Domesticating and Collecting a Foreign Judgment in Texas

How to Collect Judgments Across State Lines

  

Do you have a judgment against a debtor or debtors who now live in Texas? If you have obtained a judgment against a Texas resident or a business with assets in Texas, then you can seek to enforce your judgment in Texas under a procedure known as domestication. A foreign judgment is any judgment obtained in a court that is located outside of the State of Texas. Likewise, a foreign court is any court located in other state other than the state of Texas.


Trying to collect a debt can be frustrating. When demand letters and phone calls fail to solicit a response from the debtor, the creditor’s sole remedy is to get a judgment against the debtor. In order to get a judgment, the creditor must first file a lawsuit and then receive a verdict in the creditor’s favor or enter a default judgment against the debtor if the debtor fails to respond to the action. However, judgments do not automatically compel a debtor to pay. In many instances, the creditor must utilize post judgment collection remedies in order to locate and seize assets, levy bank accounts or force a sale of other assets owned by the debtor. A complicating factor is the location of the debtor or the debtor’s assets. If a judgment is entered against the debtor in one state, but the debtor resides in another state or the debtor’s assets are located in another state, then the creditor must transfer the judgment to that state, which is referred to as domestication, or “domesticate a judgment”.


Let’s say for example, that the debtor is a company located in Texas. The debtor owns assets located in Texas, which can include real or tangible property. The creditor is a business in Pennsylvania that provided goods and services to the debtor, but the debtor failed to pay. The creditor files a lawsuit against the debtor in Pennsylvania and gets a Pennsylvania judgment. Since the debtor is not located in Pennsylvania and does not have any assets in Pennsylvania, the Pennsylvania judgment will not be useful for the creditor when the creditor attempts to enforce the judgment because the Pennsylvania court has no jurisdiction over the company or the property in Texas. Instead of the creditor filing a new lawsuit in Texas against the same debtor, the creditor can follow the process under the Unified Enforcement of Foreign Judgments Act (UEFJA).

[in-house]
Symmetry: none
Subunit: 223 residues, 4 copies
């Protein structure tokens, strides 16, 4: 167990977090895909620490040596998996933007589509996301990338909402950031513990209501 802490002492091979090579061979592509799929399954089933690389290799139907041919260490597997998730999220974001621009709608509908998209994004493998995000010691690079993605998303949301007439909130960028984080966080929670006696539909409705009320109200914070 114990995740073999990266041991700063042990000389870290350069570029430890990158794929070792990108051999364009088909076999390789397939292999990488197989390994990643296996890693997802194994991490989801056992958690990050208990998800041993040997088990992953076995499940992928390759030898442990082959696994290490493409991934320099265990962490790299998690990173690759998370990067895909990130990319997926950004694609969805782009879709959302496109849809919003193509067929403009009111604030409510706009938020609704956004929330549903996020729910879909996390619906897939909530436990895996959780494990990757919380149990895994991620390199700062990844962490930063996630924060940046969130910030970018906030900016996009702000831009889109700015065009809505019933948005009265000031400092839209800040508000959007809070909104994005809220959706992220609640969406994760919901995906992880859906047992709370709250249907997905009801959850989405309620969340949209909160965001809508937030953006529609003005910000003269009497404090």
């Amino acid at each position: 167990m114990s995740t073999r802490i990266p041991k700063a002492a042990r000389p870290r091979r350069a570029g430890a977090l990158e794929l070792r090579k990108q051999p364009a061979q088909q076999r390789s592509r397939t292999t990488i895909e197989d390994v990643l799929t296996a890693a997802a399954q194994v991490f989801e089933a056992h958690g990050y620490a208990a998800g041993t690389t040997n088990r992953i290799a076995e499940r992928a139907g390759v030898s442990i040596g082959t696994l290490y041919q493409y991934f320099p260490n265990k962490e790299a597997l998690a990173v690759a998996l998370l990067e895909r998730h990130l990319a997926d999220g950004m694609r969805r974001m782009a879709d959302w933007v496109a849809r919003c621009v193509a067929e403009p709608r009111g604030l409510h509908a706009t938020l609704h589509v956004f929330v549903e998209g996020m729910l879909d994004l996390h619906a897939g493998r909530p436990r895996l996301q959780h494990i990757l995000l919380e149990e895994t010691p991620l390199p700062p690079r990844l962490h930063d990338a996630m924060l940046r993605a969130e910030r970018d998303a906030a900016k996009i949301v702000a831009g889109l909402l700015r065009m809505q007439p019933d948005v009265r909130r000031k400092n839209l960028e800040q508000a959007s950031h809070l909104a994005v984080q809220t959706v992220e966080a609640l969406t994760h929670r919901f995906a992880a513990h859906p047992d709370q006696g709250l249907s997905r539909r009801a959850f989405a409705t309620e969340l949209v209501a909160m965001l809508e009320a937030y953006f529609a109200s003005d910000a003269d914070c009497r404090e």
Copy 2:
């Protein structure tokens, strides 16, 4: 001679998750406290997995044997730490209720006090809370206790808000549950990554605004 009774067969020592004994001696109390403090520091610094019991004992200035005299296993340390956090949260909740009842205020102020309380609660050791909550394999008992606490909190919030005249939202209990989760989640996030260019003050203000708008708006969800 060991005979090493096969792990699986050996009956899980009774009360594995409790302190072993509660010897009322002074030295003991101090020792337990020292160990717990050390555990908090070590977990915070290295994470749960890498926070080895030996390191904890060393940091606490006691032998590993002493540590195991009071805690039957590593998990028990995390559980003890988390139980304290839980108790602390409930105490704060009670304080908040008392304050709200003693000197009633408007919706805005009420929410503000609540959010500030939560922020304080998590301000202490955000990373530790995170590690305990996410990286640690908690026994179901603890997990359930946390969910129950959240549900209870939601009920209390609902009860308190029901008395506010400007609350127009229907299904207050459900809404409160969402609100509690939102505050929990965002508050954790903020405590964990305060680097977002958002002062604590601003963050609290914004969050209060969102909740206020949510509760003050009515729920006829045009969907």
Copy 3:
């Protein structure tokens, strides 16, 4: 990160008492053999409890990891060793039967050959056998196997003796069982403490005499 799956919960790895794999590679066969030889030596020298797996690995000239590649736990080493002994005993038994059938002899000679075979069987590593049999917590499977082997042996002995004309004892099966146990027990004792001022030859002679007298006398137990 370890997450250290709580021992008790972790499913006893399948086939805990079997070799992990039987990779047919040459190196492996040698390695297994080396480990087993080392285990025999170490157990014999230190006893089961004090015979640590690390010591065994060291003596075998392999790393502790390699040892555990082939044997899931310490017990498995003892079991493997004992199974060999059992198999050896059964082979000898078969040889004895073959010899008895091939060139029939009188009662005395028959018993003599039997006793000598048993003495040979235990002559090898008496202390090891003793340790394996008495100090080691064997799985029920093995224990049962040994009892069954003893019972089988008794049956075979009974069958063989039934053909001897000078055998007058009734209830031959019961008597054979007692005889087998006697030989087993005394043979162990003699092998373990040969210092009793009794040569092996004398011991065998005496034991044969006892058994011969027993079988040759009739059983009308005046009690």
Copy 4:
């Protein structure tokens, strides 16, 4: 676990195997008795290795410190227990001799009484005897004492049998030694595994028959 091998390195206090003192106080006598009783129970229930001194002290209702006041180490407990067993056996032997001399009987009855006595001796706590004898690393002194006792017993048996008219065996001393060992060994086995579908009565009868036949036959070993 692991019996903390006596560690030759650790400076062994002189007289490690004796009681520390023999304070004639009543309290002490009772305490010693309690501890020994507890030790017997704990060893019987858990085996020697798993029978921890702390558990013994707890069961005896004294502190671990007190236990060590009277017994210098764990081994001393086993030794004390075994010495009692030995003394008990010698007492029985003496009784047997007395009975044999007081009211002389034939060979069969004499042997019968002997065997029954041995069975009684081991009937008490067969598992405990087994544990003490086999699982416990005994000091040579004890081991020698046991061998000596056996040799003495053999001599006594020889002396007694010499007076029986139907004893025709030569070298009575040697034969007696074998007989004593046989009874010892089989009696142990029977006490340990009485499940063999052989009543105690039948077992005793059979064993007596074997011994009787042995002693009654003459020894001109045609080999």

Texas has adopted the Uniform Enforcement of Foreign Judgments Act (UEFJA) to allow people and companies who have obtained foreign judgments to enforce their judgments in Texas without the necessity of having a separate trial for enforcement in Texas. The Texas Civil Practices and Remedies Code provides that a foreign judgment properly filed in Texas in a court of competent jurisdiction should be treated in the same manner as the judgment would have been treated in the foreign court.


The UEFJA allows a more streamlined method of enforcing foreign judgments as opposed to bringing a separate suit to enforce the judgment. However, enforcement under the UEFJA is not guaranteed. In order for a foreign judgment to be enforceable in Texas, it must be entitled to Full Faith and Credit. Essentially, this means that the foreign judgment must be final and must have been obtained in a way that respects the defendant’s Due Process rights. The party who obtained the foreign judgment must have properly served the defendant according to the laws of the foreign court and the defendant must have been subject to the personal jurisdiction of the foreign court; or the foreign judgment may be found to not be entitled to Full Faith and Credit and therefore unenforceable in Texas.